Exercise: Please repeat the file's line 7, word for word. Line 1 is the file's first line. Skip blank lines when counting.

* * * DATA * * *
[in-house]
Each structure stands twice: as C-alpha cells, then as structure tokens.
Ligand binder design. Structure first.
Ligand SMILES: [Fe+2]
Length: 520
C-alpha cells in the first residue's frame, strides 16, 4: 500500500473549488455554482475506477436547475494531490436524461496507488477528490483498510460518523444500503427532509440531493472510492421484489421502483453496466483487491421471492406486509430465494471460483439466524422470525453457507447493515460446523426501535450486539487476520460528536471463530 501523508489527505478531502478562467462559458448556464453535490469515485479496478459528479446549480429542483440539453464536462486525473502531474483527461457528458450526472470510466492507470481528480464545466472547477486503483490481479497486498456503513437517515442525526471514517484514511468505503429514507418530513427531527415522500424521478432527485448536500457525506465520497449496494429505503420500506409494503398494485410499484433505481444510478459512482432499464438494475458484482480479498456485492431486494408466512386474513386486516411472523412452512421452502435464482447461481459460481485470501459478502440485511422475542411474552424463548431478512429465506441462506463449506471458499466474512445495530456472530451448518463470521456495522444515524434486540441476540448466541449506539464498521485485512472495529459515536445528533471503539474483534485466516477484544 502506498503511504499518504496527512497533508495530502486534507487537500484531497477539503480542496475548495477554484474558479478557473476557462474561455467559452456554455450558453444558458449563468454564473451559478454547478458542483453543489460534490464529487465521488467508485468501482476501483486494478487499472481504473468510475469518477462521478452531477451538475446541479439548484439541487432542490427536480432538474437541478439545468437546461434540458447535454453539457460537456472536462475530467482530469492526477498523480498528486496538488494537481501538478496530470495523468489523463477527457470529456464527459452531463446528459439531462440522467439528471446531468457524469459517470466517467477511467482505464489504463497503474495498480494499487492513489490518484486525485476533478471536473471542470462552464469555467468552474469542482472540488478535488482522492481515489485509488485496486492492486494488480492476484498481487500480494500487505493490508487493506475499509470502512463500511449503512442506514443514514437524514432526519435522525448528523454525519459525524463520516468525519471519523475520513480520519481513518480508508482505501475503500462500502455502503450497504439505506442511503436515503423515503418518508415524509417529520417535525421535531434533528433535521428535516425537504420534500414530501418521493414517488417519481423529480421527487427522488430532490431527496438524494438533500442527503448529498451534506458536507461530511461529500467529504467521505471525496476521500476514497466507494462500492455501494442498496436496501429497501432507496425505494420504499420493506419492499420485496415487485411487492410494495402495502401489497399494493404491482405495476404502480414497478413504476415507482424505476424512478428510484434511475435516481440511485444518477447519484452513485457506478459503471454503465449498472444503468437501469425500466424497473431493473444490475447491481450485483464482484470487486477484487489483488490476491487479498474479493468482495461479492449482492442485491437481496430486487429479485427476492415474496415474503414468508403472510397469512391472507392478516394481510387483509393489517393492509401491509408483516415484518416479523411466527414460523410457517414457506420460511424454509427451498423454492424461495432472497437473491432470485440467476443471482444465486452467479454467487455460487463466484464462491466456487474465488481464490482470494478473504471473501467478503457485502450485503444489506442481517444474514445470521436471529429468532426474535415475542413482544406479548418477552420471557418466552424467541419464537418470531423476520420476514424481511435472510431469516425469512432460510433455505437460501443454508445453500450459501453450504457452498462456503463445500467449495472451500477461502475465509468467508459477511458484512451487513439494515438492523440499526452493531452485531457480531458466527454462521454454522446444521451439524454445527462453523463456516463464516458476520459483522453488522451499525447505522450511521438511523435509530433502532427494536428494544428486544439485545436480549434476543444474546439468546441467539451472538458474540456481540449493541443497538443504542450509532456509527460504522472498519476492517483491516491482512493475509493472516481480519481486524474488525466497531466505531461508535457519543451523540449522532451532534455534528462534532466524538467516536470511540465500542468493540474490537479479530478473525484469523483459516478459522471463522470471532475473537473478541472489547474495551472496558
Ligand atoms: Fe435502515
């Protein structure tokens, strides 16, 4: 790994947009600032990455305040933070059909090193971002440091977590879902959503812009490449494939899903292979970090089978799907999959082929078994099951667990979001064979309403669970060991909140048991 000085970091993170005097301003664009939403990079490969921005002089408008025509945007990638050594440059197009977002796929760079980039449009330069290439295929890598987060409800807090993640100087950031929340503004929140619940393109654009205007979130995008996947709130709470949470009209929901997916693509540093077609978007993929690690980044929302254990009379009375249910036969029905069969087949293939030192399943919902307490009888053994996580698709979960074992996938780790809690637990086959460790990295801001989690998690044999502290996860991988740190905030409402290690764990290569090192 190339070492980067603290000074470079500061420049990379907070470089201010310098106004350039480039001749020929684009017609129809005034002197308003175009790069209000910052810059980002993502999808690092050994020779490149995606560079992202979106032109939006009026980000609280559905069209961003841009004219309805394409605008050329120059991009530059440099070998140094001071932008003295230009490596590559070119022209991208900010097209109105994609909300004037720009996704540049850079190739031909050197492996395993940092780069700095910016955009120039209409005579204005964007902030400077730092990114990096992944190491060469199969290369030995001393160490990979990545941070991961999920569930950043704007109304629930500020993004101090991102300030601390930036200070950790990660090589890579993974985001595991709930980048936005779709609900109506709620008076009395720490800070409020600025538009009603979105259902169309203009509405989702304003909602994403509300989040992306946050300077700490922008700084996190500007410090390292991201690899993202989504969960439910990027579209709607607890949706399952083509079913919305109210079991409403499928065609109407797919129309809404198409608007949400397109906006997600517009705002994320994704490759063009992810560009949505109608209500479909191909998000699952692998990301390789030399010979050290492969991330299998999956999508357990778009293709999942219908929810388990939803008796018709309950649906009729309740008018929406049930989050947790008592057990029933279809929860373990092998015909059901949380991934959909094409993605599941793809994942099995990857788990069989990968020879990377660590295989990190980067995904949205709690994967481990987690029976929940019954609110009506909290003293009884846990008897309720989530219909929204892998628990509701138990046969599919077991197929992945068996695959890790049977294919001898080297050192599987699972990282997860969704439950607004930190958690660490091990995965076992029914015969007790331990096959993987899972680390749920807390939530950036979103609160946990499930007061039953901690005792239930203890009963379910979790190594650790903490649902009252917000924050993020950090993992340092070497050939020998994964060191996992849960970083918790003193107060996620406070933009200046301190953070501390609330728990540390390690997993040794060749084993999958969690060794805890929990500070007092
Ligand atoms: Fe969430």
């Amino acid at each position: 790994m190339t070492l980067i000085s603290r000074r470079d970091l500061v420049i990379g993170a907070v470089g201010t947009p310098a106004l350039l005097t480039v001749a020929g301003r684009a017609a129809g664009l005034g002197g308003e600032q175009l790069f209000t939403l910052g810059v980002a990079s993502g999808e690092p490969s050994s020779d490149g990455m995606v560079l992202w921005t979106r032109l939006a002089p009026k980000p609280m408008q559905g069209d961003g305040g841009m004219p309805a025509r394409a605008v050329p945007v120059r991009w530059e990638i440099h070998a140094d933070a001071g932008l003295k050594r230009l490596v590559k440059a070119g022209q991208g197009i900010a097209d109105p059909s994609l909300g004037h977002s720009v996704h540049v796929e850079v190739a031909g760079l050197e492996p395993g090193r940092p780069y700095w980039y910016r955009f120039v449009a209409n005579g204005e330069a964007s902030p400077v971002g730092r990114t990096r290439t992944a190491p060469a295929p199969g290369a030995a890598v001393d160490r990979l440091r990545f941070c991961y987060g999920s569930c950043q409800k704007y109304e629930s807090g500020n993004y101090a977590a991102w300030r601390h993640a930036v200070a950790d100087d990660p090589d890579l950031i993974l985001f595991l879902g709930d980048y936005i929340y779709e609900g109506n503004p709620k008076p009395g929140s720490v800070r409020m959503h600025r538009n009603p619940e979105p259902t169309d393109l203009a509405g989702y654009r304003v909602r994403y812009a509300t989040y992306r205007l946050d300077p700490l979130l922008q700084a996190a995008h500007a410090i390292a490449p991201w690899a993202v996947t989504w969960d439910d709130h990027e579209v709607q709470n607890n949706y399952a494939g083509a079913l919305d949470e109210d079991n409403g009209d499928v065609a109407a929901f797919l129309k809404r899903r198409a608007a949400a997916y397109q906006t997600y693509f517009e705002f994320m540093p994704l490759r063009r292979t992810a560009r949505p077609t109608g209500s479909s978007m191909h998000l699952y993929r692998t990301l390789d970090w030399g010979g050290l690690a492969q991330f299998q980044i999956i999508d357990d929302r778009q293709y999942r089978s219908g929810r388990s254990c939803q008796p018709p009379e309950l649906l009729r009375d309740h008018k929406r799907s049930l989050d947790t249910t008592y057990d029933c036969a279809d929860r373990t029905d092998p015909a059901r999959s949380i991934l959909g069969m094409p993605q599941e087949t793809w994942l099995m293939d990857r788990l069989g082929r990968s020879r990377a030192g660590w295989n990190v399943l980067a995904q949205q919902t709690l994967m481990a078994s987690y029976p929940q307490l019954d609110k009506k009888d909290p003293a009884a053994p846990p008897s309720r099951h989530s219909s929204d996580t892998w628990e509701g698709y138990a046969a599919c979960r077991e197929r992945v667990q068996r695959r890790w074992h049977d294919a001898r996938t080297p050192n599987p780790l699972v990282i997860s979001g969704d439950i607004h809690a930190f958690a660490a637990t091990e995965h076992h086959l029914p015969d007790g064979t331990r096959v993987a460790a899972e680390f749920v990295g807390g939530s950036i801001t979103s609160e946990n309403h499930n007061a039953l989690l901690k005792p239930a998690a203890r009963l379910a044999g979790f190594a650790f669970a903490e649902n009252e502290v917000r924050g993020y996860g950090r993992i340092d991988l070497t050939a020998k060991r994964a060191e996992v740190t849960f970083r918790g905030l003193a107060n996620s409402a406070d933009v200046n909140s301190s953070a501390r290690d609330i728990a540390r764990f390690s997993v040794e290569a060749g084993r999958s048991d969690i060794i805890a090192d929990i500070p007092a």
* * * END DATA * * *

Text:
Ligand atoms: Fe435502515